The Pacific Investment Management Company, LLC (PIMCO) runs, amongst many others, the world’s largest bond fund, the Total Return Fund ($185.6 billion as of last September). PIMCO say this fund is “a core bond portfolio strategy that seeks maximum current income and price appreciation consistent with the preservation of capital and prudent risk taking”.In what amounts to a massive vote of no confidence PIMCO has announced that it will cut back on its UK and US government debt holdings. They see government borrowing rising and the central banks no longer buying through quantitative easing, which will push the supply / demand balance into negative territory for them. They are expected to move into European government bonds as these have not had the same level of government support.

Apart from the economic repercussions for Britain, it also embarrassingly appears that Andrew Balls (younger brother of Ed Balls, Secretary of State for Children, Schools and Families) will be overseeing this withdrawal as head of PIMCO’s European investment team.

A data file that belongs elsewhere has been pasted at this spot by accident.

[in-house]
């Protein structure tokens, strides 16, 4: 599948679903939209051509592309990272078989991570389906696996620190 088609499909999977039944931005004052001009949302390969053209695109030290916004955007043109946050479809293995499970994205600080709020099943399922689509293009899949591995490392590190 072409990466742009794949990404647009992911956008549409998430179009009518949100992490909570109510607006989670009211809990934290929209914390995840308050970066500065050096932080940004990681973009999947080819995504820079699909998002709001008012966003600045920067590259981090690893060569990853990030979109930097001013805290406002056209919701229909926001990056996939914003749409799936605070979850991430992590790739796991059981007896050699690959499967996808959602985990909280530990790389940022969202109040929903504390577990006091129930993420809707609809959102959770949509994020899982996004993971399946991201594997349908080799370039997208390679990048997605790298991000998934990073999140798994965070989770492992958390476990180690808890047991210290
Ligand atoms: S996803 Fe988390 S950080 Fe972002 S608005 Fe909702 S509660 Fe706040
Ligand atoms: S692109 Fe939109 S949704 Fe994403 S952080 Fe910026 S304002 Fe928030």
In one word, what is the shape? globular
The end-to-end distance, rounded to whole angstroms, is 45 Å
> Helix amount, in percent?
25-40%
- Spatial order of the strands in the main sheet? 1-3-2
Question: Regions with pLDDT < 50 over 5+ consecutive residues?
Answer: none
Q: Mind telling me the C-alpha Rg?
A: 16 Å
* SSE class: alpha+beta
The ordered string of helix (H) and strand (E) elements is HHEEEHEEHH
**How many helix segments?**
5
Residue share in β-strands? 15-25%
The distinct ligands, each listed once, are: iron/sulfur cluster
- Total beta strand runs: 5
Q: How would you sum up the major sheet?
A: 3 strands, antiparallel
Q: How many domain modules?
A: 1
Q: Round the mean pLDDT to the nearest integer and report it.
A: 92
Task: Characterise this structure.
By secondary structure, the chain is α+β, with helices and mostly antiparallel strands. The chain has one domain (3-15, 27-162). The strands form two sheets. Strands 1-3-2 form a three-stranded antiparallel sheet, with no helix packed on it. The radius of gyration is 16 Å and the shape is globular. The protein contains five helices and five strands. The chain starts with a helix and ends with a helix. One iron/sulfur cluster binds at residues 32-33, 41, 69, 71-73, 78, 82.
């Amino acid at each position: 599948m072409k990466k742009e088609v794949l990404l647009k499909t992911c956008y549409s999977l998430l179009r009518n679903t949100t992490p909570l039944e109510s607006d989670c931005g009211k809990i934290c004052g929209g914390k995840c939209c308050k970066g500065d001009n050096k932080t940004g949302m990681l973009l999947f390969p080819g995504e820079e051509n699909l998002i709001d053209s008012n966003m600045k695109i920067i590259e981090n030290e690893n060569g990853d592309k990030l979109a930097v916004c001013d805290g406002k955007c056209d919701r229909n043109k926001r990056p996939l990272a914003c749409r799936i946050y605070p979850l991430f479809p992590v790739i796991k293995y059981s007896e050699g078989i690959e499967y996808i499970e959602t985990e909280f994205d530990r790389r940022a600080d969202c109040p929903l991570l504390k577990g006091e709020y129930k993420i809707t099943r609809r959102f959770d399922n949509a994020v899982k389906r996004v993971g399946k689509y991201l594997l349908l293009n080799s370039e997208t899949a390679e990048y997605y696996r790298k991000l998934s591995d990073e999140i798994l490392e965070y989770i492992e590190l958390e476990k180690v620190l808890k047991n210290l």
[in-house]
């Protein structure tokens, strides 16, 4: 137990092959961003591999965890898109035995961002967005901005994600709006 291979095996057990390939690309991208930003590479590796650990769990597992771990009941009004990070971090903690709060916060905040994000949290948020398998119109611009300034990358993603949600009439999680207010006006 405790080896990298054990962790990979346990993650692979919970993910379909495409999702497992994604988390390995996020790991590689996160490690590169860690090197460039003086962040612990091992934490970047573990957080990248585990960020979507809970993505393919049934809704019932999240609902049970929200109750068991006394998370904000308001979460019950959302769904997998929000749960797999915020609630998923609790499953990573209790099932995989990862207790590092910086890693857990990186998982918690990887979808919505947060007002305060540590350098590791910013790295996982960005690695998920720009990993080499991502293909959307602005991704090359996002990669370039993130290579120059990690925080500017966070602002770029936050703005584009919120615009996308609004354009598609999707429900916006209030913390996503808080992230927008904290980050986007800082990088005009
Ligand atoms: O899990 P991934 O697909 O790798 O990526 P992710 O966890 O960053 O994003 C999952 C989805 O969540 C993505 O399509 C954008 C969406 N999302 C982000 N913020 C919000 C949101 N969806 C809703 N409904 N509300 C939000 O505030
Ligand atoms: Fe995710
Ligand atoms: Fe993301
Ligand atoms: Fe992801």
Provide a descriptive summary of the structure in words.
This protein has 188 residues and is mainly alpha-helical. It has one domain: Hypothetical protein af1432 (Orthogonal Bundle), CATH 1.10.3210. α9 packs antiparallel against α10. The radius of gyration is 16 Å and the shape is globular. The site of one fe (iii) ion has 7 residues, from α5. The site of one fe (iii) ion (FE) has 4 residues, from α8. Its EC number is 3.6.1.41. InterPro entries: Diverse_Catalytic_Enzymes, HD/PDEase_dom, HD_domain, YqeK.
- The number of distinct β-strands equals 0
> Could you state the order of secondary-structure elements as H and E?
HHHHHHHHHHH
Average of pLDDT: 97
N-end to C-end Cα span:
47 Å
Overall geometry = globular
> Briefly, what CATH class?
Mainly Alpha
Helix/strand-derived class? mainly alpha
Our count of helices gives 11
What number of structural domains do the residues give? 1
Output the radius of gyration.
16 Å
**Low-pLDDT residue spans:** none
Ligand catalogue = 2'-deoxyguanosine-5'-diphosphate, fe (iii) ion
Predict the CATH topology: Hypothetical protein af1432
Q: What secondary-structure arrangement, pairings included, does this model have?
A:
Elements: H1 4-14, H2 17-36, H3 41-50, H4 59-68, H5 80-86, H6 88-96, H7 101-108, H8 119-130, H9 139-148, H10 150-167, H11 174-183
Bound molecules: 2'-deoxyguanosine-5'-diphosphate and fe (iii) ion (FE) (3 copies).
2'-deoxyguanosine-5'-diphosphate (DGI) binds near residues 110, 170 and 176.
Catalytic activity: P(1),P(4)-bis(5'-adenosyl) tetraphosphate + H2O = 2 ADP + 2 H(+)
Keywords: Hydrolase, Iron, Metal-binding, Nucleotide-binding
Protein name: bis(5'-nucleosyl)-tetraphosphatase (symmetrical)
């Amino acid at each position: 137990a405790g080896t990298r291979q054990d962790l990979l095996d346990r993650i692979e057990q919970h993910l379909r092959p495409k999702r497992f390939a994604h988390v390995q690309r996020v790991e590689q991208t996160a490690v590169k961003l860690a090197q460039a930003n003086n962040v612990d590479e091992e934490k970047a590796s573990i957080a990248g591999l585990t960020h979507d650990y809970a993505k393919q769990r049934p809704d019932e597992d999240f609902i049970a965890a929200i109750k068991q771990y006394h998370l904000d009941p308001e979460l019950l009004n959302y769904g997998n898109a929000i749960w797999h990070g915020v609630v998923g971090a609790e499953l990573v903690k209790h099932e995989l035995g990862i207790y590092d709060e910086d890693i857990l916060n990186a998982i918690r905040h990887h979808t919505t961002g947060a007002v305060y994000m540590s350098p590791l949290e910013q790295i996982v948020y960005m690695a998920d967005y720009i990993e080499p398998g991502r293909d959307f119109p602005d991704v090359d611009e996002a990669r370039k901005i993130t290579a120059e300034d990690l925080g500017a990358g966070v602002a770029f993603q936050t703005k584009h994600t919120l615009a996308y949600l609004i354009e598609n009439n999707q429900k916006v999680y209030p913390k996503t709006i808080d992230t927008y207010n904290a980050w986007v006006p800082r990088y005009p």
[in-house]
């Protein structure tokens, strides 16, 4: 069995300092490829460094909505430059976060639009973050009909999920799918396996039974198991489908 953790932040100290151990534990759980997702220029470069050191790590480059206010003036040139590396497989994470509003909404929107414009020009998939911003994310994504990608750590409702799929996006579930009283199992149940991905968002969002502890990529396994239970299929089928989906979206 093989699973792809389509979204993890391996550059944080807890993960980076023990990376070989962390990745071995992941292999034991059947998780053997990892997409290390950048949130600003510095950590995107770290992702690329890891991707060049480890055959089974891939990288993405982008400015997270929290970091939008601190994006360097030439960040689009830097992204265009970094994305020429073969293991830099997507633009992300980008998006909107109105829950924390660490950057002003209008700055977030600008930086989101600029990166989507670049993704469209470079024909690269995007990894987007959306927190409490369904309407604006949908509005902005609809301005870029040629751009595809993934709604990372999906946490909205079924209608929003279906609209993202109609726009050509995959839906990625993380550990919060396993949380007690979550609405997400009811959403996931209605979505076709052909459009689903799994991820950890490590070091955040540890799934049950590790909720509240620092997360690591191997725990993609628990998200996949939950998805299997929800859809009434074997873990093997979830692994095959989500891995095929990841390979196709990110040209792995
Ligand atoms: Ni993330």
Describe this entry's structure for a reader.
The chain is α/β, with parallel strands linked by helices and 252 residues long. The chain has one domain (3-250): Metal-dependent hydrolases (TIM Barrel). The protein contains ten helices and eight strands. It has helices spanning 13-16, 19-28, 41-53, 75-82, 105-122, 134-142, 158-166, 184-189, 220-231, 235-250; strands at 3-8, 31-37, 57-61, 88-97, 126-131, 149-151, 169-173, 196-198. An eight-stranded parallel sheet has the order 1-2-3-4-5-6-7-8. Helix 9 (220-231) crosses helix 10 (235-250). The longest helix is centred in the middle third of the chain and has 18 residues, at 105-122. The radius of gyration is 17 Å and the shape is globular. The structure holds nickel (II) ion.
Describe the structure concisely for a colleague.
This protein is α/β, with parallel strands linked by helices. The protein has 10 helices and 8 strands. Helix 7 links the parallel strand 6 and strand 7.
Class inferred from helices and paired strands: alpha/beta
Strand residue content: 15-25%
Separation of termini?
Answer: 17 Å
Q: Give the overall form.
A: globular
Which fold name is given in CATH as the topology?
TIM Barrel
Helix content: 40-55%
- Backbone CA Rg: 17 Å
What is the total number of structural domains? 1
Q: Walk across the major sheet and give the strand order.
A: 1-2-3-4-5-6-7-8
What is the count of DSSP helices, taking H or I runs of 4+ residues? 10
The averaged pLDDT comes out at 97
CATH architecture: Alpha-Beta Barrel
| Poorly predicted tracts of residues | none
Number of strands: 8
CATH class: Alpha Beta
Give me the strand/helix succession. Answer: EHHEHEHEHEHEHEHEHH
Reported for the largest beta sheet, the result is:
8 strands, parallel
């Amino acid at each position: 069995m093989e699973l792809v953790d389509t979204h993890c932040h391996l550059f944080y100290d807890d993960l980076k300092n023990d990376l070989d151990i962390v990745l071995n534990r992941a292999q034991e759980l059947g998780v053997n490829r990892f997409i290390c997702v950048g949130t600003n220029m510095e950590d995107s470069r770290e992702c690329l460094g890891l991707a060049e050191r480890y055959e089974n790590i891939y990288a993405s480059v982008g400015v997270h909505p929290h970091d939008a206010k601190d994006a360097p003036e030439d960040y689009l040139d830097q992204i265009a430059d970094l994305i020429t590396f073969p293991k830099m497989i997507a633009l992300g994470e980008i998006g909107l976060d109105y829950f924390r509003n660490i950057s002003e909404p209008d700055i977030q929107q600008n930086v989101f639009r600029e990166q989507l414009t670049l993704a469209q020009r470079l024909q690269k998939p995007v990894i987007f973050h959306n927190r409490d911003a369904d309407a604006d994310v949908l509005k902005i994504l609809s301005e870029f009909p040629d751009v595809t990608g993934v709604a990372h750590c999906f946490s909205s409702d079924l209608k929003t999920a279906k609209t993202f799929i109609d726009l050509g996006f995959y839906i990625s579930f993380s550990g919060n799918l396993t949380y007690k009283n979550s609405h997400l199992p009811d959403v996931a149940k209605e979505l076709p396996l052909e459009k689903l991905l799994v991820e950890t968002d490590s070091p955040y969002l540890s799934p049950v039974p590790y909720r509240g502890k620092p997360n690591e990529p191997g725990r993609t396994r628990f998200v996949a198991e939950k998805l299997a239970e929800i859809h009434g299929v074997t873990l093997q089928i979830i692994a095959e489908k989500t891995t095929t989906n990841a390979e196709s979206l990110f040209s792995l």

If a flood of UK Gilts are dumped on the market we could see yields rise (prices drop) more than anticipated.

This leaves the questions of where will the government raise the circa £180 billion it needs for the next year? And how much more of a premium in the form of increased bond coupons (interest) are we going to have to offer before investors are happy to take the risk of buying new Gilts? Also, when will the Bank of England be able to sell its accumulation of Gilts back into the markets without suffering a massive loss?

Next stop the IMF?

Related Articles:

How Bonds and Gilts work – a simple guide

The way to end Quantitative Easing (Possibly)



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